Christmas time is here, which means holiday movies are all the rage. But some of the best holiday movies aren’t uplifting tales of the triumph of the human spirit. Welcome to Dysfunctional Holiday Theater.

One of the most beloved Christmas stories of all time is Charles Dickens’ “A Christmas Carol,” where three ghosts visit the miserly Ebenezer Scrooge to show him the error of his ways and to treat the people in his life better. It would definitely not be a Dysfunctional Holiday Theater to feature that uplifting story. Instead, we turn to probably the best adaptation of the story, the 1988 Bill Murray comedy, Scrooged.

scrooged_film_poster

This was, I was surprised to see, Murray’s first starring role since The Ghostbusters in 1984. The man just could not get away from ghosts in the 1980s. First, he’s busting them and then he’s being visited by them. Some weird professional choices there, don’t you think?

In Scrooged, Murray plays Frank Cross, a television executive who mistreats all of his employees as he prepares for a live telecast of his own version of “A Christmas Carol” on Christmas Eve. The only thing Cross cares about is himself, alienating himself from his only brother and the only woman who seemed to ever care for him. With the live telecast just a day away, Cross is visited by the three ghosts Dickens made famous – they really don’t stray too far from the source material here.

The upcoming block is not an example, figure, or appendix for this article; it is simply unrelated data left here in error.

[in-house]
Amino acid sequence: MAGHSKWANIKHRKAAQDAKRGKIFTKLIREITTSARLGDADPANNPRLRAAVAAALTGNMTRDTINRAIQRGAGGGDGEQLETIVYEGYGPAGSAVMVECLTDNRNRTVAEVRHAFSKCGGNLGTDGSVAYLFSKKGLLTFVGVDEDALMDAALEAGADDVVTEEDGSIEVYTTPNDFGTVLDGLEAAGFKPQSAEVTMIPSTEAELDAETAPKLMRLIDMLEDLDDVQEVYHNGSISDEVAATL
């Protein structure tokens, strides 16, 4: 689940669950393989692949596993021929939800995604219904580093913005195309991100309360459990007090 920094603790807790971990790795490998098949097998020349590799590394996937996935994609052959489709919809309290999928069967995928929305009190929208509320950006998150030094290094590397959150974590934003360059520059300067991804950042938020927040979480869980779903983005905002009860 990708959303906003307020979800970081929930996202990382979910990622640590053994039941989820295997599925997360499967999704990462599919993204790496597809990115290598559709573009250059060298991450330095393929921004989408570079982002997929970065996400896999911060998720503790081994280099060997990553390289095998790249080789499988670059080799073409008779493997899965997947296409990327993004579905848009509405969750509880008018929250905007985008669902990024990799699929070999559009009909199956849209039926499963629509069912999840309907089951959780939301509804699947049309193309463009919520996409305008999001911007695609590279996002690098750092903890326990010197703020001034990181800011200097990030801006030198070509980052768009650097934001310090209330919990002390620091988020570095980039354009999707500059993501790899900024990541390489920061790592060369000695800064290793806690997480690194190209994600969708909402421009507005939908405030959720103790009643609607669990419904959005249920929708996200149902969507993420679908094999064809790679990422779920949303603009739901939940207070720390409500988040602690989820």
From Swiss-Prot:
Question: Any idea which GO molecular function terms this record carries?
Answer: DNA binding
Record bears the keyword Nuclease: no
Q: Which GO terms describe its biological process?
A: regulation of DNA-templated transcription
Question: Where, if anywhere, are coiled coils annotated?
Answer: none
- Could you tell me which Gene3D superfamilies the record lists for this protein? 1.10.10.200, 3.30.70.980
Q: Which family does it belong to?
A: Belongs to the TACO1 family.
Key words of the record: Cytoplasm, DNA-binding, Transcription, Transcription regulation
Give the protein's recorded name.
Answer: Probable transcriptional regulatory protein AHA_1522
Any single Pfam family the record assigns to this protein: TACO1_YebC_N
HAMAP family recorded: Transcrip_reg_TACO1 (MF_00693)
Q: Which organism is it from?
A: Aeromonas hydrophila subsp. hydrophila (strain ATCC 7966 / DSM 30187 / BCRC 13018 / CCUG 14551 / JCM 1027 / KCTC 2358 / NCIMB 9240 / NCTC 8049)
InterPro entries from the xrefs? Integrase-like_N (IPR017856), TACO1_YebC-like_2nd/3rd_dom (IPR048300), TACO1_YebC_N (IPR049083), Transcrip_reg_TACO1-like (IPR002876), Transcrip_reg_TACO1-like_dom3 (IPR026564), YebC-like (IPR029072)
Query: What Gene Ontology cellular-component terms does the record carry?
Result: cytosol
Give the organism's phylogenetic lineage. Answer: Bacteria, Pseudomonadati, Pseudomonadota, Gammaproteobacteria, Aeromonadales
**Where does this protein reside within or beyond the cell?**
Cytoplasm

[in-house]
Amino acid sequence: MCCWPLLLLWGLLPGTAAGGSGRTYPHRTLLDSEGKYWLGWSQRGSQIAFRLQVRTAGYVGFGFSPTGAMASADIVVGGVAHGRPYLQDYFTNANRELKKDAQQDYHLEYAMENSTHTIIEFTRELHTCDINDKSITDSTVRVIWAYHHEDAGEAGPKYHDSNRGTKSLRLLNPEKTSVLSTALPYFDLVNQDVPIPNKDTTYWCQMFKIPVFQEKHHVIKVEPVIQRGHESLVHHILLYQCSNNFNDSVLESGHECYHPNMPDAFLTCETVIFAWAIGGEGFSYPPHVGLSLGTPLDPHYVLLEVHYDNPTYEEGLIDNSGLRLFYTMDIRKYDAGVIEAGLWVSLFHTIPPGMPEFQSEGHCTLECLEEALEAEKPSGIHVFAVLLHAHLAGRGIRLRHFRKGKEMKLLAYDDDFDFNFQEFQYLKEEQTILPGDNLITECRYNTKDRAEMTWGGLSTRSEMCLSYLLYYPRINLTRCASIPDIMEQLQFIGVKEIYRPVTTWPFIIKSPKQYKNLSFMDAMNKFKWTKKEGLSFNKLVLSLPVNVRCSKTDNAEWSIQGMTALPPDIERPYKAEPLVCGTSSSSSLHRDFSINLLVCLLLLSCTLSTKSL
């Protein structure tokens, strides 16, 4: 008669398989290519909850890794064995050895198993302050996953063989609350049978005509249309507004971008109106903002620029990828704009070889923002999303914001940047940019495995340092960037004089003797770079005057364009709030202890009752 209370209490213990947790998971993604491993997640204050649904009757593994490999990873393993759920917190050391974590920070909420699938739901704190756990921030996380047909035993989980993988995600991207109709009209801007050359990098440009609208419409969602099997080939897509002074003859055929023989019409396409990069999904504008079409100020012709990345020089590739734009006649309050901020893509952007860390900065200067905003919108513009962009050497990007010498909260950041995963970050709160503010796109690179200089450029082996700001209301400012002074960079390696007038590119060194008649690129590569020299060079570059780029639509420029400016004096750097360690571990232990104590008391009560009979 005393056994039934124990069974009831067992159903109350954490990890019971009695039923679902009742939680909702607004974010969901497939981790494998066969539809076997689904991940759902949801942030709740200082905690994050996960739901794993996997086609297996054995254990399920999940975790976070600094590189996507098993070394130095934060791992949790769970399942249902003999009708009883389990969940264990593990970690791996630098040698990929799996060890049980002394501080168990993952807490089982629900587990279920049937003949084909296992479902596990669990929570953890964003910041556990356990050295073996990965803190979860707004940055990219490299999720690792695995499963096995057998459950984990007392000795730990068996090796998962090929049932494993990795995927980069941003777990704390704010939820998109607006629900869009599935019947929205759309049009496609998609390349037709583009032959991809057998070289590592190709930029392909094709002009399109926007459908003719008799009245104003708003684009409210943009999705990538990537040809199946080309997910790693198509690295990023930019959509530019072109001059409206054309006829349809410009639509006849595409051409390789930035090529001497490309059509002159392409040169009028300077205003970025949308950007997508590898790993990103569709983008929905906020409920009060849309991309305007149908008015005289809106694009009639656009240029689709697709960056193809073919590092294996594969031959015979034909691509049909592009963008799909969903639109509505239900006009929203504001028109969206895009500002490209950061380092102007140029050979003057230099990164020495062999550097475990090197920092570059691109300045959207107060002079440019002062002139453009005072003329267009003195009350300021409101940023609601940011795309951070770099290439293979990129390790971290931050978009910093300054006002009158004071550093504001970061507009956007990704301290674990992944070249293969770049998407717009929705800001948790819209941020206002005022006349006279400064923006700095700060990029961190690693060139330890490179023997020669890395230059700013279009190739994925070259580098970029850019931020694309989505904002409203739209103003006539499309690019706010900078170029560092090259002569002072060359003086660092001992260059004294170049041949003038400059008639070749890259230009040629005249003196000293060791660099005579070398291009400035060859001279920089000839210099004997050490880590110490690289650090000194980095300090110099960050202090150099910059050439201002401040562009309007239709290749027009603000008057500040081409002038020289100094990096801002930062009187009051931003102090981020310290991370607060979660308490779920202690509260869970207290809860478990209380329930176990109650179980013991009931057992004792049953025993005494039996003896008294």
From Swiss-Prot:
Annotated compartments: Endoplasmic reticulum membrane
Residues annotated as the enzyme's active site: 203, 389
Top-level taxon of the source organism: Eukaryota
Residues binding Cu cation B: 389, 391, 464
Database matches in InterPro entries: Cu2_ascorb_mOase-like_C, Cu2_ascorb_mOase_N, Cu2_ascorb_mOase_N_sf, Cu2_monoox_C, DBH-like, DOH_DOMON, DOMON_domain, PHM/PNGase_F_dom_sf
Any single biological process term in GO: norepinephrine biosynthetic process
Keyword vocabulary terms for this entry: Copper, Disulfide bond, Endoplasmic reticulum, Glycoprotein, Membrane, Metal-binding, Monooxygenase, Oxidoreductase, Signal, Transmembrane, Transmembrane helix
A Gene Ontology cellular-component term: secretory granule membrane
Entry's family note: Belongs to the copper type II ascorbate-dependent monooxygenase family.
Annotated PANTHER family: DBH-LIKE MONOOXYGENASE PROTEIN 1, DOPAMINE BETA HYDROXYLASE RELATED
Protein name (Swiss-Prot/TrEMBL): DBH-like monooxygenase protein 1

With each successive visit, Cross’ self-centered and closed off nature starts to melt away. My favorite is the Ghost of Christmas Present, played by the brilliantly insane Carol Kane, who brings Frank to his brother’s place, to hear how his brother still loves him, despite how Frank ignores him. And, of course, the Ghost of Christmas Present nails Frank with a toaster to bring him back to reality.

One of Frank’s despicable acts at the start of the movie is to fire an employee who tries to speak out against one of Frank’s decisions on Christmas Eve. The employee, played by Bobcat Goldthwait, gets increasingly agitated at his fate until he tries to kill Frank with a shotgun during the live telecast. But his visit coincides with Frank’s visit from the Ghost of Christmas Future, who finally gets through to Frank. So, things don’t go as planned.

I’ve always felt the movie somewhat falls apart at the end, as Murray’s portrayal of Cross goes from the selfish high-powered executive to the free-wheeling, fun-loving Cross trying to make amends, but you knew the happy ending was going to come. This is “A Christmas Carol,” after all. Still, despite falling apart a bit at the end, it’ll always be one of my favorite Christmas movies.

Fun fact: The movie was directed by Richard Donner, with a score by Danny Elfman. So, the director of Superman: The Movie worked with the composer of Batman (a year before Batman came out) to make what I consider to be one of the World’s Finest movies!

 

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